The first quarter of 2018 saw the U.S. stock market increase 7.12% within the first month. Then it fell from its highest point by 10.62% to -3.50%. By the end of the quarter, U.S. stocks had stabilized with a cumulative return of -0.64% .
In our investment Review of calendar year 2017, we wrote about the remarkably low volatility experienced by investors in the stock market, complemented by a high return over the period. Investors love a high return over a period of time with a low level of volatility experienced. We summarized part of our outlook for 2018 by stating: “We believe—and it’s not going too far out on a limb—that 2018 will bring more asset price volatility than was experienced in 2017.”
Historical context is helpful in evaluating why we made that statement and for the perspective it gives to the recent ups and downs of the U.S. stock market.
Over the past 20 years, normal levels of U.S. stock market volatility ranged from 10.45% to 19.41% . The average one-year realized volatility was 14.93% . The stock market’s average annual return over the 20-year period was 6.74% . That’s 0.45 units of return per unit of “risk”—which is normal. When in 2017 the U.S. stock market returned 21.13% with 5.88% realized volatility, it produced the extraordinary result of 3.60 units of return per unit of risk.
This was an outlier and it came from two components, viz., a return well above average and the lowest 12-month level of volatility experienced in the 20-year period. Believing that that combination would not repeat, and further that the risk measure would be higher was a no brainer.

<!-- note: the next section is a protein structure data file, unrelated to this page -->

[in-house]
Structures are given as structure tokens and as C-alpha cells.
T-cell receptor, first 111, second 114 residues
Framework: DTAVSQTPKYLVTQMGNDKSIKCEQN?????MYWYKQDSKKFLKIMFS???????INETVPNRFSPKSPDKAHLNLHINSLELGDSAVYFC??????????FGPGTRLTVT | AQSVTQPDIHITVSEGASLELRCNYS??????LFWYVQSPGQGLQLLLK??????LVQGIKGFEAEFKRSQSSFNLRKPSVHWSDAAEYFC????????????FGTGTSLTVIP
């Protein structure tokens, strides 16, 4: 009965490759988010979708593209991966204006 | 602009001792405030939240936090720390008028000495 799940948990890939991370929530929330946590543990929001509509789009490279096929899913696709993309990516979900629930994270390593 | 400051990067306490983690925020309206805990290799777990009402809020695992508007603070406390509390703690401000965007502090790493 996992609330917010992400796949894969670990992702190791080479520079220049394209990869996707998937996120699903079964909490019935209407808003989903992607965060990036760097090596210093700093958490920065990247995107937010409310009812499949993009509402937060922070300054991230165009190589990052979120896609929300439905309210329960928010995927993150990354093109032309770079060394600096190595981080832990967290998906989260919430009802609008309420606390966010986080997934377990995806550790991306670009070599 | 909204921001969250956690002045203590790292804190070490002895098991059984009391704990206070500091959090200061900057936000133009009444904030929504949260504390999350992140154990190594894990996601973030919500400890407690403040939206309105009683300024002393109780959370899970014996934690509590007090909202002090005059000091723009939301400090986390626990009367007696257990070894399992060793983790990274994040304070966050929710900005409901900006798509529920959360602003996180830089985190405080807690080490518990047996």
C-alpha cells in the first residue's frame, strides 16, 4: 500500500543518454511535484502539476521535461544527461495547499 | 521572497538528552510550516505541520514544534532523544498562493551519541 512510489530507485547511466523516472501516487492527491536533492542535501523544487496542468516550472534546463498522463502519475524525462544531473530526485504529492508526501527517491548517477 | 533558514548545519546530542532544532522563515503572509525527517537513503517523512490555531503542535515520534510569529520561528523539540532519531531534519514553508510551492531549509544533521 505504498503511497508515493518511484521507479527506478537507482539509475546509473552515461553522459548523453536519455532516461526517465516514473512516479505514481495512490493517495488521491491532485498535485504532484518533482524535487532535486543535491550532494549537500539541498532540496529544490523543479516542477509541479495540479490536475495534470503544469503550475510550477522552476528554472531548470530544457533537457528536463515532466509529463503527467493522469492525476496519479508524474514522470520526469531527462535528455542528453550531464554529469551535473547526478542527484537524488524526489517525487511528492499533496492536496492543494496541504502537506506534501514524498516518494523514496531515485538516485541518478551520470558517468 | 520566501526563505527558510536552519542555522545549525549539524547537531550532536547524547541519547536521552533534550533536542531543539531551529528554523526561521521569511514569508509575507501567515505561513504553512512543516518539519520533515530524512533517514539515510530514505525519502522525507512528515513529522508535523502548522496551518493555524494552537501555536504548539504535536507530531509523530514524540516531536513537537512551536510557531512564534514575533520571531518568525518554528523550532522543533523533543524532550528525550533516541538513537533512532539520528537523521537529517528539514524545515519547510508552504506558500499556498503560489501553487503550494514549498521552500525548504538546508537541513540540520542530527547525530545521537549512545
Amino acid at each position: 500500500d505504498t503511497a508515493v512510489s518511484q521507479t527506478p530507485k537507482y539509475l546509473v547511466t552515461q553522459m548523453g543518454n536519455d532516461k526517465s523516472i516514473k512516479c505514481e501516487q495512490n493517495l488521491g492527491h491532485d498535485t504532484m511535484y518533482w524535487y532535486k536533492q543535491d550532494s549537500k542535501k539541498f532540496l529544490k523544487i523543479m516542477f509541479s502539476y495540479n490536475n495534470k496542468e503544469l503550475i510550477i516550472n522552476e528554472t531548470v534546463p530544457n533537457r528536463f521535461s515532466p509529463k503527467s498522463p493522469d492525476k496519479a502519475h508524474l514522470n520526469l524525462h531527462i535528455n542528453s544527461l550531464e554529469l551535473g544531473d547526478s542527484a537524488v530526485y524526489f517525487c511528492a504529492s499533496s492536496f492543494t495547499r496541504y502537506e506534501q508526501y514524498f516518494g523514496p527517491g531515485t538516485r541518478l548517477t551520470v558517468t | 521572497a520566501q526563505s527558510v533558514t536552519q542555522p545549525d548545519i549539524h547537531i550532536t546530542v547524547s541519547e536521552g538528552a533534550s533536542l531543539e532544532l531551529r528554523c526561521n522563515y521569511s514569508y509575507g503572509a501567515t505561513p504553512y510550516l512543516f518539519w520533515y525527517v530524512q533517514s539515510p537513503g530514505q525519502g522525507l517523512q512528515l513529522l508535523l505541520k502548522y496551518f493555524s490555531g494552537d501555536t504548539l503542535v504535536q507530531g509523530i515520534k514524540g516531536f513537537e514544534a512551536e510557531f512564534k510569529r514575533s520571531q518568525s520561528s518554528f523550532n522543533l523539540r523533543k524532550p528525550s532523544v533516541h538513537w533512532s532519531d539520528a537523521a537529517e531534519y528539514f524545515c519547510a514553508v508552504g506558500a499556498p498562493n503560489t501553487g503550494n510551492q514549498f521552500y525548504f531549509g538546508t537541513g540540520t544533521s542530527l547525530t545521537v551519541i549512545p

The volatility upturn from the end of 2017 hasn’t even brought the most recent 12-months’ realized volatility within the middle 50% or normal range. The recent movements in the U.S. stock market were not extreme—they’re merely approaching normal levels.
Returns must also be viewed within the proper context. -0.64% for a quarter is unexciting. 13.81% over a year is exciting. And this is exactly the return over the last 12 months.
Although the first quarter clearly was less stable than the preceding three quarters, it ended with stock prices approximately where they were at the end 2017. In the context illustrated in the chart above, over the past 12 months—including the first quarter of 2018—investors in U.S. stocks returned 13.81%, over two times the 20-year average return of 6.74%. It produced this return with realized volatility of 9.34%, less than two-thirds the 20-year average of 14.93%.
Finally, as we’ve repeated over the years, the U.S. stock market is only a portion—albeit a sizable portion—of the global stock market. At the end of 2017 we claimed that although public companies composing the U.S. stock market appeared relatively expensive compared to their history, “Emerging Markets’ stock hit their low CAPE ratio as recently as February 2016, which showed them at a better bargain than in the depth of the financial crisis in 2009!” Our emerging markets allocation ended the first quarter up 1.96% , which, for perspective, is an annual pace of 8.10%.